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Denny Taylor, a Hofstra University professor,
speaks to Livingston Parish School System teachers and counselors. She
advised school personnel to be flexible when dealing with children displaced
by Hurricane Katrina.
TEACHERS, COUNSELORS ADVISED TO BE FLEXIBLE
WITH HURRICANE-AFFECTED CHILDREN
HAMMOND -- Teachers
and school counselors have a large and important role to play in the recovery
of children and their families affected by disasters such as Hurricane
Katrina, a Hofstra University professor told school and university personnel
in the area.
“School provides a strong
sense of structure to these children and it represents a safe place for
them,” said Denny Taylor, professor and doctoral director of literacy studies
at Hofstra in New York.
Taylor is currently working
with national and international agencies to establish an organization called
“Teachers Helping Teacher” to raise awareness of the trauma experienced
by children living in areas of armed conflict and natural disasters. During
her visit to southeast Louisiana, which was sponsored by the Southeastern
Louisiana University College of Education and Human Development, she spoke
with teachers and counselors in Livingston Parish and with faculty and
students at Southeastern.
Taylor volunteered her
services, said Diane Allen, dean of the college. “She is very concerned
about the children impacted by the hurricane and wanted to offer her insight
for our students and others who will be working with these children.”
“Children need time to
be able to think through what they have experienced,” she said. “They need
time to catch up, not just in school work, but in what they have gone through.
Homework as we traditionally think of it doesn’t make sense during this
She advised the teachers
to avoid a lot of “pressure work” such as test preparations and testing
during the initial period following a disaster. And she emphasized the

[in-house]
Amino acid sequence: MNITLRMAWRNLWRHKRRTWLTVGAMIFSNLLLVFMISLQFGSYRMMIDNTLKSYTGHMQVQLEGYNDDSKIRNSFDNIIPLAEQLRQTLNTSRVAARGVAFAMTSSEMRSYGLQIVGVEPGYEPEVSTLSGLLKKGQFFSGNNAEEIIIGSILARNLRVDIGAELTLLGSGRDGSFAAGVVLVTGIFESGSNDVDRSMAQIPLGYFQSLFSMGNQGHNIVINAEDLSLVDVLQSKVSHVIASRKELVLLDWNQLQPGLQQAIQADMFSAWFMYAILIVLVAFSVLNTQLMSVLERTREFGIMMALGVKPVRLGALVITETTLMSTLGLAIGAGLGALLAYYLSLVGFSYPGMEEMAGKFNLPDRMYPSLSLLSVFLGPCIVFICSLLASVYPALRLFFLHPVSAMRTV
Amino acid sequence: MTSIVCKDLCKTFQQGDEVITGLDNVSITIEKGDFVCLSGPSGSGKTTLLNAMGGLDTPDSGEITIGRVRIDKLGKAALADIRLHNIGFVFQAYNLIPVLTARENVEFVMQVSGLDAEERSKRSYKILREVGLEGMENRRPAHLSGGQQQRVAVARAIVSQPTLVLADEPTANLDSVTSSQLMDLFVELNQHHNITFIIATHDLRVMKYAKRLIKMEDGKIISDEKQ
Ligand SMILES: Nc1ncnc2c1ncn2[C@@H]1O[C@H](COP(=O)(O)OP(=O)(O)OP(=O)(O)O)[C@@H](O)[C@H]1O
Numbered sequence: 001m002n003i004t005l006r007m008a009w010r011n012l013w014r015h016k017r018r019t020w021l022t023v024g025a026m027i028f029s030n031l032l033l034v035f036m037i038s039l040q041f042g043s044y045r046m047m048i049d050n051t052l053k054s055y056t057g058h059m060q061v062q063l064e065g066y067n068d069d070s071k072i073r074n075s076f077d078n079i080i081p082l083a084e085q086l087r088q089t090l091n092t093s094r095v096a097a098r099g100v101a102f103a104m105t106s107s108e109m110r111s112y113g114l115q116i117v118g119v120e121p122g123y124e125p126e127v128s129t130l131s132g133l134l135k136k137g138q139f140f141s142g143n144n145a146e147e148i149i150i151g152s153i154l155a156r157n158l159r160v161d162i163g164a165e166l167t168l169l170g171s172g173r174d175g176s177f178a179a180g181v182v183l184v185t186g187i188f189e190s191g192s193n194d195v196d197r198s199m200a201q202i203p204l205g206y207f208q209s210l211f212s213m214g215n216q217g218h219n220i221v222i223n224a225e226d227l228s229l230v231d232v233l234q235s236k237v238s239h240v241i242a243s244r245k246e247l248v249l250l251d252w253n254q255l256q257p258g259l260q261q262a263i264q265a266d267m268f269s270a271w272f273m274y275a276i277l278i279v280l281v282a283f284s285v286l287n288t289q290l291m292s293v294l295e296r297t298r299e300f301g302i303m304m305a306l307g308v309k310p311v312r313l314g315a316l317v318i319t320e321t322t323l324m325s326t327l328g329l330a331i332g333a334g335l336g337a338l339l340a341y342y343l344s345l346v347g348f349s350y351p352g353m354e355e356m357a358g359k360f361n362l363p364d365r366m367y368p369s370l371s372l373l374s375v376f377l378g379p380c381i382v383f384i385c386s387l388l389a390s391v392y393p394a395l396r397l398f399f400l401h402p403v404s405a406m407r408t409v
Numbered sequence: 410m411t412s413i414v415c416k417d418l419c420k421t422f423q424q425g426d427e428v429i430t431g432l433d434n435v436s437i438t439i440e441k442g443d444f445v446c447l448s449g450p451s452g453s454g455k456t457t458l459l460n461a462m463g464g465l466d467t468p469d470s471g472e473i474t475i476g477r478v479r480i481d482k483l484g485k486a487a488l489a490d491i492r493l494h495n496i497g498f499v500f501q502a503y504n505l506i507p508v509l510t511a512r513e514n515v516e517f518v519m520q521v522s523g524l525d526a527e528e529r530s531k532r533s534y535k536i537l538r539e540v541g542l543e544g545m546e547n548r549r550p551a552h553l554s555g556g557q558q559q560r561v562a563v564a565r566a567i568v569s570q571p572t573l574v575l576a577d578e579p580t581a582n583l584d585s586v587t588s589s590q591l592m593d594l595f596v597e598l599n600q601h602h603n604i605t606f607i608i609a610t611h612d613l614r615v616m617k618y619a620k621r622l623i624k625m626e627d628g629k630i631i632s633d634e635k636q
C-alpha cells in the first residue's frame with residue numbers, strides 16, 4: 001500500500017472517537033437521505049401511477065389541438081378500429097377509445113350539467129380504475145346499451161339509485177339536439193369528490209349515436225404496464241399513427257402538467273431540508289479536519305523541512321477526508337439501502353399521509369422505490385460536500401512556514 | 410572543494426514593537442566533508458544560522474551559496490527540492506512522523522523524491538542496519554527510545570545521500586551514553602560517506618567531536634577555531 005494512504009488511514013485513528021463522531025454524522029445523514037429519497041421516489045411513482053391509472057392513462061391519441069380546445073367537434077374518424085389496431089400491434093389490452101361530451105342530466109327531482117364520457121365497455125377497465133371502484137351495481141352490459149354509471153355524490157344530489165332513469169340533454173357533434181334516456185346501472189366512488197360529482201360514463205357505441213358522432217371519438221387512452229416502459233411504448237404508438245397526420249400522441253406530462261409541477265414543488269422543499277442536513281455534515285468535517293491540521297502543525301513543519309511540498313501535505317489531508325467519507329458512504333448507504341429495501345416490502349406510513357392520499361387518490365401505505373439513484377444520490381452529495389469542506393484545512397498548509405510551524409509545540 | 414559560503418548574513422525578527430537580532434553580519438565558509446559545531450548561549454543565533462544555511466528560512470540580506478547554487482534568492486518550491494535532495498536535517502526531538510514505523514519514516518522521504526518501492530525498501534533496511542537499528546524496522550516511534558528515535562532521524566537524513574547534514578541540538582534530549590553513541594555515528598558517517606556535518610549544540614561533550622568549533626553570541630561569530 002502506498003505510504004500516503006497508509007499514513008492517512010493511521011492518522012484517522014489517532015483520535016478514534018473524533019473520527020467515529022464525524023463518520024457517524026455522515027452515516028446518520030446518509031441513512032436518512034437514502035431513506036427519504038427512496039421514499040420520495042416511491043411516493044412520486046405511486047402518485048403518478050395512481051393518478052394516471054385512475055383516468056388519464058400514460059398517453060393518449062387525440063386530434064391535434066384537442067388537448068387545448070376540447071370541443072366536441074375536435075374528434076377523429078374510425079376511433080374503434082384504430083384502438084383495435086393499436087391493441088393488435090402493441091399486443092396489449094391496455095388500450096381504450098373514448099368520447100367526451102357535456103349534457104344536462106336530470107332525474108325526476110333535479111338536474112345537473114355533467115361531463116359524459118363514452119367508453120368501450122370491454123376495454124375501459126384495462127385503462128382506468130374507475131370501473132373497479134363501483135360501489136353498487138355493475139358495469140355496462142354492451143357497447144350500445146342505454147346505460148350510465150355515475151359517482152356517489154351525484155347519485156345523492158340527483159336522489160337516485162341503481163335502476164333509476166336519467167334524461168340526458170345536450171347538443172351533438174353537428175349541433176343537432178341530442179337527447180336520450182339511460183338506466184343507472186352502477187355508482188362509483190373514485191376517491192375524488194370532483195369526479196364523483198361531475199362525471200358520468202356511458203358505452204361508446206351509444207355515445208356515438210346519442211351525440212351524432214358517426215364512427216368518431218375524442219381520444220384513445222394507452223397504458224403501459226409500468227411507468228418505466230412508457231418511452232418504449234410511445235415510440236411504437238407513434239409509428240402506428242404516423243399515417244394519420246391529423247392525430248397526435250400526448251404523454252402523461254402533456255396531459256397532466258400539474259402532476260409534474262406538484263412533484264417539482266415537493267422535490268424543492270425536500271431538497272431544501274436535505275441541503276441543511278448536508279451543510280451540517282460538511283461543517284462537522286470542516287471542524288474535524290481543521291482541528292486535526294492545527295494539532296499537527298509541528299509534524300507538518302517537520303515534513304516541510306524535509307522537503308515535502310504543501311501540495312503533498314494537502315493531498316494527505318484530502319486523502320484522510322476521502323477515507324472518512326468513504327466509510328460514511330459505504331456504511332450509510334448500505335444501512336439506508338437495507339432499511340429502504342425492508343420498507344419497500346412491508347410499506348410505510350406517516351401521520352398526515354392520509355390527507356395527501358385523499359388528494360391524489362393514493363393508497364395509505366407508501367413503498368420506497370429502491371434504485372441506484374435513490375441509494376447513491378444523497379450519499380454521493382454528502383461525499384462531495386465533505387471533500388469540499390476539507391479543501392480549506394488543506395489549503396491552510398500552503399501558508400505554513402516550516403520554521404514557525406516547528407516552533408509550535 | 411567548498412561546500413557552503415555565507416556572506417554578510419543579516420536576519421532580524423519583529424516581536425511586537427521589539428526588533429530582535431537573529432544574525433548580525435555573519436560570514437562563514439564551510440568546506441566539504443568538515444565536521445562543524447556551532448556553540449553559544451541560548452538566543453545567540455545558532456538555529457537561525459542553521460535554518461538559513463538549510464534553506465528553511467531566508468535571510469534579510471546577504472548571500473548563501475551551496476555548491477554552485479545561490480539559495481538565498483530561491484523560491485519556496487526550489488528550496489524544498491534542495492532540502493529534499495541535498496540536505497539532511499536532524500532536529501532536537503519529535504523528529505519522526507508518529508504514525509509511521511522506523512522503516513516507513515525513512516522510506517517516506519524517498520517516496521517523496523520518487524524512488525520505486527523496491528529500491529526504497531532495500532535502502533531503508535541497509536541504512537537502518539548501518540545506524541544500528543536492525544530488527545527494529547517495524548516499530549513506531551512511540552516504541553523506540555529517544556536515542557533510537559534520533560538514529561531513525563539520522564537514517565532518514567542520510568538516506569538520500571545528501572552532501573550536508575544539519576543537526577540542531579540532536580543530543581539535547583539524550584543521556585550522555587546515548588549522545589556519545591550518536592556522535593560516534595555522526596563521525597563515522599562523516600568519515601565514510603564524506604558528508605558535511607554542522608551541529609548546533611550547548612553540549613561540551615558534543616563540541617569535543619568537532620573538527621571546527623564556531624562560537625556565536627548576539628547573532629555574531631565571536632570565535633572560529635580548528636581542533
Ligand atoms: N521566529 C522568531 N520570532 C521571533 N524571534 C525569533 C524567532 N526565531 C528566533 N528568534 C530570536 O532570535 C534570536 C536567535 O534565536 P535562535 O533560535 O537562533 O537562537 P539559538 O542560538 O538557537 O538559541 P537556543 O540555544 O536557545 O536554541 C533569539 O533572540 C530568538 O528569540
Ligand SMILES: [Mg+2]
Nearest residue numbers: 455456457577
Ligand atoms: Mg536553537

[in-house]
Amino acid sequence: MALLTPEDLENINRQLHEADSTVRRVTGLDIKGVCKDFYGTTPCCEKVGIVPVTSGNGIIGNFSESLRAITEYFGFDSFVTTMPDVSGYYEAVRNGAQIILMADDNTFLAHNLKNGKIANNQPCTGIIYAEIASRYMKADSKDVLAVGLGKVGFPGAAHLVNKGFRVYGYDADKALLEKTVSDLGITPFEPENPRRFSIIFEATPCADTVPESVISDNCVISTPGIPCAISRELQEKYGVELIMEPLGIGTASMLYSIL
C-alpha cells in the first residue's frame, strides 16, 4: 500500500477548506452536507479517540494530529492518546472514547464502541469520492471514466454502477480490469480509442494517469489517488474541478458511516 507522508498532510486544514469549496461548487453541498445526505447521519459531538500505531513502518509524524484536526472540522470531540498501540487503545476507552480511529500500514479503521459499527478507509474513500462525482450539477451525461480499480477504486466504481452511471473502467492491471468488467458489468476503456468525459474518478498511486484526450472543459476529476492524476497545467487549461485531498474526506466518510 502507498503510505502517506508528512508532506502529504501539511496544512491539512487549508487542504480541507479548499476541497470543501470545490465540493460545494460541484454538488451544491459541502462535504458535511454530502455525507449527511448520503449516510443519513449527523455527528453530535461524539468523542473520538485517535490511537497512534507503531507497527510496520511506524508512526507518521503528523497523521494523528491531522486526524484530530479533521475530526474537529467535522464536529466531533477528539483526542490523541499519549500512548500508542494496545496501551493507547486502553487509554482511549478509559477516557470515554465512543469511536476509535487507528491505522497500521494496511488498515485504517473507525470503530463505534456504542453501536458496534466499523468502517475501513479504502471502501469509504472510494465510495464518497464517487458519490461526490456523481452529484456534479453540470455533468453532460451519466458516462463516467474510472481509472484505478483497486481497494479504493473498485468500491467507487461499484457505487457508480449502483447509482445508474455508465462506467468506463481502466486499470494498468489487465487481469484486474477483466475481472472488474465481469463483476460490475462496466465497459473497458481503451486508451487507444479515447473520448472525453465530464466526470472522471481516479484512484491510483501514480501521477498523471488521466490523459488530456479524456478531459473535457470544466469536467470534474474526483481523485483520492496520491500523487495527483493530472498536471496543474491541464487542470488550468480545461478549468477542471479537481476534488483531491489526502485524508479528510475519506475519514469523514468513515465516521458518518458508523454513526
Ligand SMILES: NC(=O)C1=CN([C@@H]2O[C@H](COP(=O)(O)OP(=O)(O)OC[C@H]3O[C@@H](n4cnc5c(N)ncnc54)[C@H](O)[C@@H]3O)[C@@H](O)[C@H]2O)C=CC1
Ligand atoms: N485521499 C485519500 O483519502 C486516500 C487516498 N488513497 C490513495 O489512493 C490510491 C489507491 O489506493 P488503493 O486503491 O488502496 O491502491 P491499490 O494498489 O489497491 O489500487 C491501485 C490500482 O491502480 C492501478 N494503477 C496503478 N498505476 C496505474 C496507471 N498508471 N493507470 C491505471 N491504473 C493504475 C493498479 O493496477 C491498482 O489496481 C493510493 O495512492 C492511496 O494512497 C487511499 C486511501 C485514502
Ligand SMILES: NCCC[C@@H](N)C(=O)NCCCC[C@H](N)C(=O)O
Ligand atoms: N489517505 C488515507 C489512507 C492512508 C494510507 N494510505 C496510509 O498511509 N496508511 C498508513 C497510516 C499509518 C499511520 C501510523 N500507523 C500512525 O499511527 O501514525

importance that children have tools of their own: books, crayons, paper.
These may be the few possessions some of them own.
“Our teachers need to be
flexible with these children,” she emphasized. “The last thing we need
is for children living in shelters and failing in their work.”
Taylor said teachers and
others should respect the wishes of children if they do not feel like talking
about the trauma they may have experienced. “If they are willing to share
their experiences, then certainly we should listen,” she added; “but we
should never try to drag it out of them because that can also be traumatic.”
Art, she said, can be very
therapeutic. “It gives them something to do, and allows them to express
Taylor suggested other
points that teachers and counselors should consider in dealing with distressed
sure that children have adequate food, clothing and shelter.
that children are doing their best to cope with the situation.
basic routines with children, encourage them to engage in self-care and
to feel as much in control as they can.
stories and more stories; sing songs; make sure there is time for children
children that, with the exception of self-destructive behaviors and emotions,
their feelings and reactions are reasonable given the situation.
parents informed of observations by sending letters when possible.
Taylor said it is also important
that teachers take care of themselves and each other. “Schools need to
make time for teacher support groups either at lunch time or after school,”
she said. “Teachers need time to discuss what is happening and to share
their own feelings.”